Through nearly 30 years of business, Clint Coons has seen real estate investors employ a variety of strategies based on fallacies, misinterpretations, and just plain bad advice. Here are three such misconceptions that Coons most frequently sees in his work:

Your insurance will protect you from lawsuits While you should absolutely get insurance for all your properties, Coons said that insurance alone will not entirely protect your assets. Insurance will not protect investors from most lawsuits regarding the buying and selling of real estate. In fact, insurance won’t protect your assets any time you enter into a new contract, sell some property, or lease a property to a tenant. Furthermore, all insurance policies have an array of exclusions that allow insurance companies to mitigate losses on claims. “Most real estate investors don’t realize where most lawsuits are going to come from, and they don’t fall under your insurance policy,” Coons said. Make sure that you read your insurance policies’ exclusions and buy the right plan, ensure that your contracts are drafted to protect your business, and that you have set up the proper business entity. Often, your business entity can protect assets better than your insurance policy. Where you live Many investors may be attracted to incorporate in Nevada, Delaware, or Wyoming because of their low or no state income taxes. But when tax time comes, it doesn’t matter where the business is incorporated. The IRS cares about where the business owner operates it. Those operating a business in Florida will still need to pay state taxes on income they’ve earned as a resident of the state — even if their business is incorporated in Delaware, Wyoming, or Nevada. Typically, it’s best for a small business owner or investor to incorporate in the state in which she lives. Learn on the fly Invest in your real estate education and take it seriously, Coons said. Not only can you limit potentially costly mistakes but you can significantly maximize your time and dividends if you take the time to learn and implement lessons from veterans in real estate investing “Get educated — that’s the most important thing,” Coons said. “You’ve got to be educated from people who are actually doing what you want to do.” Investors can learn from a plethora of free and inexpensive resources. Ranging from real estate investing for college students and structure advice to accelerated depreciation approaches and wholesaling strategies, the Anderson Business Advisors channel is but one of many examples of valuable free resources through which you can improve your investing chops.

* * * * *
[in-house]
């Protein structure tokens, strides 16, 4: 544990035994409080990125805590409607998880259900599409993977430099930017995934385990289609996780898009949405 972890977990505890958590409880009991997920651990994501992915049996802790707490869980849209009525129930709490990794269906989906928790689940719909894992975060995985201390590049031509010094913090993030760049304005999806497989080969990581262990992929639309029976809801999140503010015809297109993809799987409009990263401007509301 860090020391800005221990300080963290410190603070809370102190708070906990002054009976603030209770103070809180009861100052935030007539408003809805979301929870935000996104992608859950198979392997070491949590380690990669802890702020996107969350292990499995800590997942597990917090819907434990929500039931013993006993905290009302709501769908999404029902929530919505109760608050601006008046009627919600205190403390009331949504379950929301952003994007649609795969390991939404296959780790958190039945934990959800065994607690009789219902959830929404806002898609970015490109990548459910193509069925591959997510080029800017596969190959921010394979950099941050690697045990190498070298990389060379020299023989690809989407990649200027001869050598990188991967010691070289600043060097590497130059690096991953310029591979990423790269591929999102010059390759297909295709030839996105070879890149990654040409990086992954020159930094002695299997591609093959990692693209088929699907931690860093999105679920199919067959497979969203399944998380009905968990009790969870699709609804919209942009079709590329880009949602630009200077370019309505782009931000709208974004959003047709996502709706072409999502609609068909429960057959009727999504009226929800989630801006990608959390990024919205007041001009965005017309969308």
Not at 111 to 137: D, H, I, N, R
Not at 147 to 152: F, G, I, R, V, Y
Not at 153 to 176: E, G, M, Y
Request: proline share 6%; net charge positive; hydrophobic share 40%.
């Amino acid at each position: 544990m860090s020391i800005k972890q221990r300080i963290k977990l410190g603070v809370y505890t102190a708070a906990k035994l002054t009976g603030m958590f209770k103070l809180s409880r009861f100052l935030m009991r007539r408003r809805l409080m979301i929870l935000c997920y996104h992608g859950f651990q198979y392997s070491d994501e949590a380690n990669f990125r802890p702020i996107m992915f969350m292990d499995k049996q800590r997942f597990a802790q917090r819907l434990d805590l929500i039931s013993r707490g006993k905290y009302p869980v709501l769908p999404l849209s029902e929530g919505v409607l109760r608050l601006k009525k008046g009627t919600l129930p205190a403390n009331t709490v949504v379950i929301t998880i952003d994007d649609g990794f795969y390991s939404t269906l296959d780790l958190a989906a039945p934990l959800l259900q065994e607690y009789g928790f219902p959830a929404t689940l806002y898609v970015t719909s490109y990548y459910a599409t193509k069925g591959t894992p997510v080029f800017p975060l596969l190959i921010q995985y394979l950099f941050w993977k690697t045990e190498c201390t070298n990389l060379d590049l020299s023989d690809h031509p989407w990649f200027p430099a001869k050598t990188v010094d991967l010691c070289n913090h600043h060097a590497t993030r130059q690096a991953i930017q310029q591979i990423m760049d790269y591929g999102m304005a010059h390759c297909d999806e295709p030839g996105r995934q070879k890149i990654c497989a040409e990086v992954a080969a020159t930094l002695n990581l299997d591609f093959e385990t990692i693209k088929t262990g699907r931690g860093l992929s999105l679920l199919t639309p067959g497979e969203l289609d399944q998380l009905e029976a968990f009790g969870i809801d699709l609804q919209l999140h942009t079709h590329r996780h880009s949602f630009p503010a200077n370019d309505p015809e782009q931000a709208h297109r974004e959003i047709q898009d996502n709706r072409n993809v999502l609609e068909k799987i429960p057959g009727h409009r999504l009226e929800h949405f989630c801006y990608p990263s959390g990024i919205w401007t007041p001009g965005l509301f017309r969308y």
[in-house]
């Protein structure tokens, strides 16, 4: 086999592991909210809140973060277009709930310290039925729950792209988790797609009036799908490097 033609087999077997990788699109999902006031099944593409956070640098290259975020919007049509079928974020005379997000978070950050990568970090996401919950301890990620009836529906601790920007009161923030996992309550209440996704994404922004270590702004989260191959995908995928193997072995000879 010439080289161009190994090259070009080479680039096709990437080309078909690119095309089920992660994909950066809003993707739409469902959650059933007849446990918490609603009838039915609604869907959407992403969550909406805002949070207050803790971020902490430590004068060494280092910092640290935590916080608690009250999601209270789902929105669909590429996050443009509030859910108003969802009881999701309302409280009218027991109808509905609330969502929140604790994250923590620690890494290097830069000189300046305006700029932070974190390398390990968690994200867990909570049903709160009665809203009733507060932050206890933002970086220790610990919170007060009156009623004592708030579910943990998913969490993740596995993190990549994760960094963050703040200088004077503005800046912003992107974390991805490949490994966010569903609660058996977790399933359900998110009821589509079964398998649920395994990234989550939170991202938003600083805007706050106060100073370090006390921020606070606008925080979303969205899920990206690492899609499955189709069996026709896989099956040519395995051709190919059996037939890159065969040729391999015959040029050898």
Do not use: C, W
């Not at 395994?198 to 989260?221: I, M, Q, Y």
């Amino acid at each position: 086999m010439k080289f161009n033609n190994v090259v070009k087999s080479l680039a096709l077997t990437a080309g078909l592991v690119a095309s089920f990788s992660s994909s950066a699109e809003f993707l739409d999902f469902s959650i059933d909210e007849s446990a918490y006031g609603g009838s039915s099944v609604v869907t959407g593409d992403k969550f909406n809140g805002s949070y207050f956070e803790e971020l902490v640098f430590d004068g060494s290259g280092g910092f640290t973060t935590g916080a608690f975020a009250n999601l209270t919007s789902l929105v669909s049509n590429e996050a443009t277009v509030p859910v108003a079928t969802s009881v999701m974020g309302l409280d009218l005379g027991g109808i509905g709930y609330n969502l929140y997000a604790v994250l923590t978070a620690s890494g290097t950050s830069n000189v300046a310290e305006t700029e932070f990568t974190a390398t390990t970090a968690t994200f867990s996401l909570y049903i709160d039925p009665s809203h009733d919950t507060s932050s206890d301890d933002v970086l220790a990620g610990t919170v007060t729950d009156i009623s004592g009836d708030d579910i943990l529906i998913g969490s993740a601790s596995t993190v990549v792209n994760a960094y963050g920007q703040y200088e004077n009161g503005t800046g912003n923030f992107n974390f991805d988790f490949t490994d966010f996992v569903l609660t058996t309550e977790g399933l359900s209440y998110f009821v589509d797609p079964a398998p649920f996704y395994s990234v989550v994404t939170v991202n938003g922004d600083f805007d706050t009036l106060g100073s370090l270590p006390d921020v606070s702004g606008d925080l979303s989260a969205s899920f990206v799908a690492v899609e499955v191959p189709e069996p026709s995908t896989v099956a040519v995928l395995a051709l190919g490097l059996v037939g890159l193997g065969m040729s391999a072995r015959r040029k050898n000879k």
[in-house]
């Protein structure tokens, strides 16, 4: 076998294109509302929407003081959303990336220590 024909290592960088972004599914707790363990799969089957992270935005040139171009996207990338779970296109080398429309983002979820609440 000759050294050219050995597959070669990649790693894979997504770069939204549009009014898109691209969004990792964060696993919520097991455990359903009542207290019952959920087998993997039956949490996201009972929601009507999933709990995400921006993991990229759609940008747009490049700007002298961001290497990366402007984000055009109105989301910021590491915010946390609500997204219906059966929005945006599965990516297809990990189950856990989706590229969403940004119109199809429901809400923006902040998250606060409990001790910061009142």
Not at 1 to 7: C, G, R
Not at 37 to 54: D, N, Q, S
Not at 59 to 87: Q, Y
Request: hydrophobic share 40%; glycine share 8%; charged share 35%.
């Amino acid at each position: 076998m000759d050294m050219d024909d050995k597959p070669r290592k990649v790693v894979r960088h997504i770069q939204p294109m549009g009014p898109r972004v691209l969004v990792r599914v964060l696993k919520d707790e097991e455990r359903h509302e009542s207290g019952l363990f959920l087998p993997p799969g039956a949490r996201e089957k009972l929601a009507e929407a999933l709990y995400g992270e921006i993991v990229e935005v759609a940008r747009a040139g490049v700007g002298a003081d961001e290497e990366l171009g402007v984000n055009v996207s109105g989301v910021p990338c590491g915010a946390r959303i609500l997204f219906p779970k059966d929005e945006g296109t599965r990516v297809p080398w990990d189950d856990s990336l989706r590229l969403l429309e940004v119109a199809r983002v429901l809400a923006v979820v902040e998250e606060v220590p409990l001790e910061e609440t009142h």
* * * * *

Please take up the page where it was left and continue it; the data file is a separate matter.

18 | think realty magazine :: april 2020

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